Wednesday, February 20, 2008

Michael on TV

Pretty lame to post this a couple of weeks late, but I've been busy, then I was on vacation, then I was busy again, then I forgot... you know the drill. Anyways, I was interviewed on CBC television for a story on internet privacy. Here's a link (thanks, Frank): http://gallery.mac.com/flee1#100129. lab logoSticking with TV Fame, Episode 140 of The Lab With Leo Laporte on G4 Tech TV in Canada includes me doing a segment with Leo, talking about designing and building applications in the era of social networking. That interview will be made available on The Lab website after it airs on television.

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Monday, January 21, 2008

My interview on Raincity Radio

Just a quick note that my interview with Dave O from Raincity Studios has made its way to the web. Since that interview, our membership numbers have nearly quadrupled, but the basic message remains the same. Those Raincity guys are a lot of fun - Dave and I bonded over our love of hockey history. He especially loved the vintage 1916 Vancouver Millionaires jersey I was wearing (see pic). Any other Cyclone Taylor fans out there?

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Friday, October 26, 2007

Is the world normal?

Last week, 24Hrs Newspaper published a story about Kinzin's Facebook plugin Are You Normal? in their print and online magazine (see the great photo on the left, by Rob Kruyt, that accompanied the article). In the article, I'm quoted as saying that we've reached 90,000 people around the world. Thanks to the power of the network effect, as of this writing we've already passed 220,000 (from 184 countries!) and still going strong.

The point of this post is not to toot my own horn (at least, not only to do that :-), but to mention for your interest that the next set of survey questions we publish will be written in part by our user base. We've had questions submitted from Finland, Spain, Greece, Australia, and the UK so far. I'm very excited about this in particular. As with many things, when we're talking about what's "normal", what we choose to measure is often as interesting as the results.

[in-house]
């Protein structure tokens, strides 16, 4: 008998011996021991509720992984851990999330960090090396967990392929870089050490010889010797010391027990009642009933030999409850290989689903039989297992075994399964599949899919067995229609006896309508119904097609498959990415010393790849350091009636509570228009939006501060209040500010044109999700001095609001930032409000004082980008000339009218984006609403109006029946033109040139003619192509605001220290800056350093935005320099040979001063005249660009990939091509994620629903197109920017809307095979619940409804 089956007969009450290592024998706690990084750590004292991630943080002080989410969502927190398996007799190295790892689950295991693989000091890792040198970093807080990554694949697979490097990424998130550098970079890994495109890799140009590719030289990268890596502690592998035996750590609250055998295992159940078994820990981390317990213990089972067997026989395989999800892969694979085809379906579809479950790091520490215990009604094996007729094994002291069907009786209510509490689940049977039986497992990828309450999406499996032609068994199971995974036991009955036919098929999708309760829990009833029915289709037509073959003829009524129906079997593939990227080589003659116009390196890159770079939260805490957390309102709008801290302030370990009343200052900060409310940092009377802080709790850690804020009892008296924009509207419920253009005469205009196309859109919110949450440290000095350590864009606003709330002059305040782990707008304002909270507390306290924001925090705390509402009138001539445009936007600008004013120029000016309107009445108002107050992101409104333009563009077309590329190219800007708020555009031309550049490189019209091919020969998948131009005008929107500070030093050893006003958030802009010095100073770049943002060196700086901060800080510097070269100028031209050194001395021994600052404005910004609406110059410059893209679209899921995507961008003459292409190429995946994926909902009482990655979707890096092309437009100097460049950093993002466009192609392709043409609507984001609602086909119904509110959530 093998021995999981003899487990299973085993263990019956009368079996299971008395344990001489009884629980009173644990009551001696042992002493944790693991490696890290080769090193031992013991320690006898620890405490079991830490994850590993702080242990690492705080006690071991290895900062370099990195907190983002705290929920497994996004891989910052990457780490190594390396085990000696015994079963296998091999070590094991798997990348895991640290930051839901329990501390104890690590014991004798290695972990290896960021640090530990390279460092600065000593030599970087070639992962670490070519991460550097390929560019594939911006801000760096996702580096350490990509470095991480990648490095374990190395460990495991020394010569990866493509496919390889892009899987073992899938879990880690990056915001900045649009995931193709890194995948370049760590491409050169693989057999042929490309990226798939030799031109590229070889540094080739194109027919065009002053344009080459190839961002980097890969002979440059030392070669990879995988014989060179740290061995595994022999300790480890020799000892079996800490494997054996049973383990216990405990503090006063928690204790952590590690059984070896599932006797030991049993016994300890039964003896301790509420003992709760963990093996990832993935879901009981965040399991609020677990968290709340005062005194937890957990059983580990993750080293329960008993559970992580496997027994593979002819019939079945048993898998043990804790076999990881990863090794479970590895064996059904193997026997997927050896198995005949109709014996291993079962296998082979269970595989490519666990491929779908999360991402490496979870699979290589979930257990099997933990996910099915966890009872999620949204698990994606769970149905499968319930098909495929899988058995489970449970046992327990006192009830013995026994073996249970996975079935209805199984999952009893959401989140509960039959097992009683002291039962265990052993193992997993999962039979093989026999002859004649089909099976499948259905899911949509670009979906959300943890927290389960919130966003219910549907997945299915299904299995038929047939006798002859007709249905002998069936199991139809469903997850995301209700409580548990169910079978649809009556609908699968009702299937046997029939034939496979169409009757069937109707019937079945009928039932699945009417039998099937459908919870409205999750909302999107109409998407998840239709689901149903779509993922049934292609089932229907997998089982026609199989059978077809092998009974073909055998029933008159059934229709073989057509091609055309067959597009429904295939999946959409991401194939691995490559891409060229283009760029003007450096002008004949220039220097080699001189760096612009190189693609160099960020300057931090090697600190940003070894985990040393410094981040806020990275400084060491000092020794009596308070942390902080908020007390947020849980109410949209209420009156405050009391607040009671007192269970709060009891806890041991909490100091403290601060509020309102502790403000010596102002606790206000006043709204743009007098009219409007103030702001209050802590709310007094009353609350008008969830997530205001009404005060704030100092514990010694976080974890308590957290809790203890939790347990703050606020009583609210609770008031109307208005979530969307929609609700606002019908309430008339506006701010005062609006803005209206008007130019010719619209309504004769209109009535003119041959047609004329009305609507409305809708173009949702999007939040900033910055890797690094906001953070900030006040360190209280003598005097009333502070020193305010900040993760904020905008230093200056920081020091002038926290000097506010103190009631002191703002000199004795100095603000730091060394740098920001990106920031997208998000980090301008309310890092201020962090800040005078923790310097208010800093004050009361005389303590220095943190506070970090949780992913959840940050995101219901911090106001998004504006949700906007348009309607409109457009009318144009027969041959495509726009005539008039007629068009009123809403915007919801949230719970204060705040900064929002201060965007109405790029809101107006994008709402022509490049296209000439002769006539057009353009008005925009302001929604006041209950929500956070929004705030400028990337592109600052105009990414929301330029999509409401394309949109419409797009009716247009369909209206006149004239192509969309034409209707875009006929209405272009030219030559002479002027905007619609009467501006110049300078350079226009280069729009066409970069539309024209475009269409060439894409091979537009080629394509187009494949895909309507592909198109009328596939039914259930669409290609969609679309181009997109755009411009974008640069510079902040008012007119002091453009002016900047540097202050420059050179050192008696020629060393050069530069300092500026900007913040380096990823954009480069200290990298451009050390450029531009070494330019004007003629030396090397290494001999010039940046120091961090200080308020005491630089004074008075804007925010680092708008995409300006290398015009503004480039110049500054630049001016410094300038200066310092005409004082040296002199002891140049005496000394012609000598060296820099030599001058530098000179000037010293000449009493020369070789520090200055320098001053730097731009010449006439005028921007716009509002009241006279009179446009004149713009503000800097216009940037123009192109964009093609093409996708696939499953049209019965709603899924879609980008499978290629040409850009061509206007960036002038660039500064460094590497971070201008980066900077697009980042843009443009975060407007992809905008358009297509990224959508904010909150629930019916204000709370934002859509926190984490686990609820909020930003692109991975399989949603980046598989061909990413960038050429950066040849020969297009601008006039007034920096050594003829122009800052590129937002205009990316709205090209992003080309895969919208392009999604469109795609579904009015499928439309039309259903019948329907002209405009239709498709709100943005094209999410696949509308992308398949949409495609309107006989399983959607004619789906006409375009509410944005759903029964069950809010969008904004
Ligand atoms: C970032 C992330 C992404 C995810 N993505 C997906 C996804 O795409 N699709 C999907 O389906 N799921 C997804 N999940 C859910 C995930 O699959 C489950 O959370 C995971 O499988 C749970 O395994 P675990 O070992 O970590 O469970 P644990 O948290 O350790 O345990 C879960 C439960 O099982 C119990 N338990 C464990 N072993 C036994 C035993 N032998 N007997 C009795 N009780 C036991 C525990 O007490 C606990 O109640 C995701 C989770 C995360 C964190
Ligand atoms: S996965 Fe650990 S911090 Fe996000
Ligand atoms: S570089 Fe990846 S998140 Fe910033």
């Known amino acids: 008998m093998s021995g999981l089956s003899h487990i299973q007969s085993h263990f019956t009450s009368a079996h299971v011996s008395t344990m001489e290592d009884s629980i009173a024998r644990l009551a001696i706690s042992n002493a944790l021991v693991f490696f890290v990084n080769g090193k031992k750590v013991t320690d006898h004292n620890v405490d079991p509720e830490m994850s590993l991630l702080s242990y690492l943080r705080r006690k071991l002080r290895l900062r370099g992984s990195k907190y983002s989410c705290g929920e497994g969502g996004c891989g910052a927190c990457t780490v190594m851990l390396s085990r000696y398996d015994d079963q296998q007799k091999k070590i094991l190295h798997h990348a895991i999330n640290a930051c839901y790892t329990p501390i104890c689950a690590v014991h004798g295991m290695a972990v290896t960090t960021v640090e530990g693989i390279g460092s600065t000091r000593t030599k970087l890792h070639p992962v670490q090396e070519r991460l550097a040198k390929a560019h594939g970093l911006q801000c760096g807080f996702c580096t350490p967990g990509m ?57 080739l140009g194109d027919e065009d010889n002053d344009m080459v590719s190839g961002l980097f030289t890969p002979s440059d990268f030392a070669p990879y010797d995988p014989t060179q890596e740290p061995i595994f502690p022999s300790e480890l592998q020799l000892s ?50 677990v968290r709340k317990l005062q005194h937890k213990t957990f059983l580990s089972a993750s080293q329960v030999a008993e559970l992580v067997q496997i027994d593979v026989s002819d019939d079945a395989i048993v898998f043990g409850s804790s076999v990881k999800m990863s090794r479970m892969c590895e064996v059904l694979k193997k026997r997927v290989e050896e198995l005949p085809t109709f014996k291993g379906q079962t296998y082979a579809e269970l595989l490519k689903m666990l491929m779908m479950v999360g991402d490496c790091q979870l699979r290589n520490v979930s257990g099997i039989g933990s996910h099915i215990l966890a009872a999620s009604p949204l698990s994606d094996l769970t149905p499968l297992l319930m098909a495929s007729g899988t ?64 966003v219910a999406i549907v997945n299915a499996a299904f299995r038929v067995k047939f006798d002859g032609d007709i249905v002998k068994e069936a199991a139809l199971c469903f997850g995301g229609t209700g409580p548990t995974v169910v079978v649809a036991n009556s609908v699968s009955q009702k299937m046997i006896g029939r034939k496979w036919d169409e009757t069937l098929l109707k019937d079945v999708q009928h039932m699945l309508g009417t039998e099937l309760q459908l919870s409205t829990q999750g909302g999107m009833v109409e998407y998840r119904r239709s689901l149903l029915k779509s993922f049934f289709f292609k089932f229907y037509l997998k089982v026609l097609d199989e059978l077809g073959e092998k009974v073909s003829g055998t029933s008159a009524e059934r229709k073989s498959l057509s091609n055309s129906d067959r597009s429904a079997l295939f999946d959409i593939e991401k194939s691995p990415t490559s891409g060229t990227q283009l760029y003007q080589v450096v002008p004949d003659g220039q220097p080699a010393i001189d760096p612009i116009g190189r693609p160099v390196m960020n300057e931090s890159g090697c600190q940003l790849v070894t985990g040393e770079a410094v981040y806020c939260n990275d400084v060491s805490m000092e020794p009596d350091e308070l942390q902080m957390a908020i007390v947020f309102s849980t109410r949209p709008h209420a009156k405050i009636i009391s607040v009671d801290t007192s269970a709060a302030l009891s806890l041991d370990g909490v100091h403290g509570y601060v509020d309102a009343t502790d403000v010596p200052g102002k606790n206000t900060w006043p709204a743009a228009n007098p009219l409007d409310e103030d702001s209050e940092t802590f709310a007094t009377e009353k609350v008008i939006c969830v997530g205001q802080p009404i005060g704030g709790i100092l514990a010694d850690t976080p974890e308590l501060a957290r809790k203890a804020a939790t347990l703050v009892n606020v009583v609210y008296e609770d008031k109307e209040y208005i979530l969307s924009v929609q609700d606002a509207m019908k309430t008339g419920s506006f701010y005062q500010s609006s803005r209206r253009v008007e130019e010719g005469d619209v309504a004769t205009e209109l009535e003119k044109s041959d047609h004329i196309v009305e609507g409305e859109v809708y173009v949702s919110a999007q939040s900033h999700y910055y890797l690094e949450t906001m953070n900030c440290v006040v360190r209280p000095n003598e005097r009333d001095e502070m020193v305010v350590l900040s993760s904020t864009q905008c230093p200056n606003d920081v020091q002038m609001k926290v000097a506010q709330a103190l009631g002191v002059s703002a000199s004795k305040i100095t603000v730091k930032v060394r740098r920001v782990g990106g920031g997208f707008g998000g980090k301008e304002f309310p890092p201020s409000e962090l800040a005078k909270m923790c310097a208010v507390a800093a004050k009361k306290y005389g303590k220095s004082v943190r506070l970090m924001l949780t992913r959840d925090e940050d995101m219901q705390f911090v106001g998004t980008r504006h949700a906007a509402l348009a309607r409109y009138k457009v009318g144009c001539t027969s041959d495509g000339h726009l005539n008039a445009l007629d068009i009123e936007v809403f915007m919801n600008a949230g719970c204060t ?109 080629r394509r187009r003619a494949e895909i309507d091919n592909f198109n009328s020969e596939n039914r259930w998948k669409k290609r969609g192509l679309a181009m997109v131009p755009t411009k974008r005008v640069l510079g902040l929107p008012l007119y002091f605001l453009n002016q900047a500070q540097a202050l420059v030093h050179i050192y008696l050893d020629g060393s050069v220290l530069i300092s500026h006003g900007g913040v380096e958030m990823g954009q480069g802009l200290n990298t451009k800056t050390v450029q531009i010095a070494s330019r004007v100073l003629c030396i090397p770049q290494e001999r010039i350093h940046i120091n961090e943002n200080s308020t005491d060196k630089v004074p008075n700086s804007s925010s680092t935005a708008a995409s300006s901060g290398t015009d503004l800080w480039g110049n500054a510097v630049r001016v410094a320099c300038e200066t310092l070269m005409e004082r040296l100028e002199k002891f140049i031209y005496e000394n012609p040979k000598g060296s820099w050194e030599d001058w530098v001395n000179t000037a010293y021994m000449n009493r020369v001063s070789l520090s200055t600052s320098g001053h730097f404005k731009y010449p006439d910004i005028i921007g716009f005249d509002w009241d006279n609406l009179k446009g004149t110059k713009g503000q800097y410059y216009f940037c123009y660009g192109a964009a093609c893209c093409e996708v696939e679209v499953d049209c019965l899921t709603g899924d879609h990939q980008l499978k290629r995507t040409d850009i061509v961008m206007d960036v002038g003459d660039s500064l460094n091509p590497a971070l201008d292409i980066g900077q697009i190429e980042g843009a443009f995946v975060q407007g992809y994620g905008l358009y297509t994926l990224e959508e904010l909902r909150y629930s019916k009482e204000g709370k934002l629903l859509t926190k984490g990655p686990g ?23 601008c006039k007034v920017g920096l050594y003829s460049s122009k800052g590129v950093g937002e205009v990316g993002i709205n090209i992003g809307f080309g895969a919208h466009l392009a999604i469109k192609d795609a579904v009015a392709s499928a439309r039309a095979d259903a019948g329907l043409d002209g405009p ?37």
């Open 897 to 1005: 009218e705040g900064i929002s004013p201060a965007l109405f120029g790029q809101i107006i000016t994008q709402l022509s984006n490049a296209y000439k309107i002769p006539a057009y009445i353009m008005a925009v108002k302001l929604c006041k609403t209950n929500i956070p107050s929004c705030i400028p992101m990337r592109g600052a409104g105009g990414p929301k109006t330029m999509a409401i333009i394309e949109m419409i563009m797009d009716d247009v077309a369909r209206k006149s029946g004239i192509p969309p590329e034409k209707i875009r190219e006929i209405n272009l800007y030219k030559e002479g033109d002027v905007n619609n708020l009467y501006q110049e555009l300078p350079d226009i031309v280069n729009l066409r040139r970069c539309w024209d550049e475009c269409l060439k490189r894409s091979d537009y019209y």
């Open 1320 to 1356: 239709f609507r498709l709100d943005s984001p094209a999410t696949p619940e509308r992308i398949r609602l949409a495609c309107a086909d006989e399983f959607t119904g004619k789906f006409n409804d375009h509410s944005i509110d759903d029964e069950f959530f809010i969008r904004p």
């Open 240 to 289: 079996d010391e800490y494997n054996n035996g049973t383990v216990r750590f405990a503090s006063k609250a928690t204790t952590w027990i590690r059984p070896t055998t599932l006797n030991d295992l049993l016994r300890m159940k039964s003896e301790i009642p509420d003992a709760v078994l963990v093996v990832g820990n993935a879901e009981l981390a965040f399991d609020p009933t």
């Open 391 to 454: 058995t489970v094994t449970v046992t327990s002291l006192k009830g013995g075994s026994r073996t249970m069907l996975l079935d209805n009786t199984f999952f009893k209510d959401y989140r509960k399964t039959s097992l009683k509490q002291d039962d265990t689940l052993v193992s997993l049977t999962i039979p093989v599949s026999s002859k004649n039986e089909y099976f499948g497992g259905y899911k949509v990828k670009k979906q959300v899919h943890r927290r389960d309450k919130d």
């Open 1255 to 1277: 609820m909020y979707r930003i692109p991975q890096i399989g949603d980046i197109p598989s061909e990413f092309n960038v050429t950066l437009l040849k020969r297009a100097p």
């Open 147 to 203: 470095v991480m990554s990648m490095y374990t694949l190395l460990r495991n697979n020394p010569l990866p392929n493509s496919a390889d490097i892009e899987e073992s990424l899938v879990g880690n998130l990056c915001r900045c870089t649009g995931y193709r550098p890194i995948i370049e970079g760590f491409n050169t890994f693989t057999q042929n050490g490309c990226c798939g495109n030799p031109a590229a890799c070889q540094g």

I'll keep you posted as things progress...

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Friday, October 12, 2007

What's "Normal" anyway?

The Normal Theatre, by K2D2vaca

Our Facebook adventure sure has been interesting. In the week since we launched, we've had over 15,000 people do our surveys (Update: three days later, and we're now over 22,000...) and discover just how (ab)normal they are. One curious thing I've noticed while discussing "Are You Normal?" with people is that, at least among the people I talk to, most people assume that their normalcy rating will be very low. In fact, being "abnormal" seems to be what they're hoping for. The thing is, the system only calculates your rating based on what everybody else said, so if everybody's a bit strange, well... that's what's normal. It's what I really like about this application - the community decides what's normal, not us. We could have used some standard psychological test and given a stock answer, but everybody deserved to be judged by a jury of their peers, don't you think?

In case you're wondering: I'm 23% normal (and falling).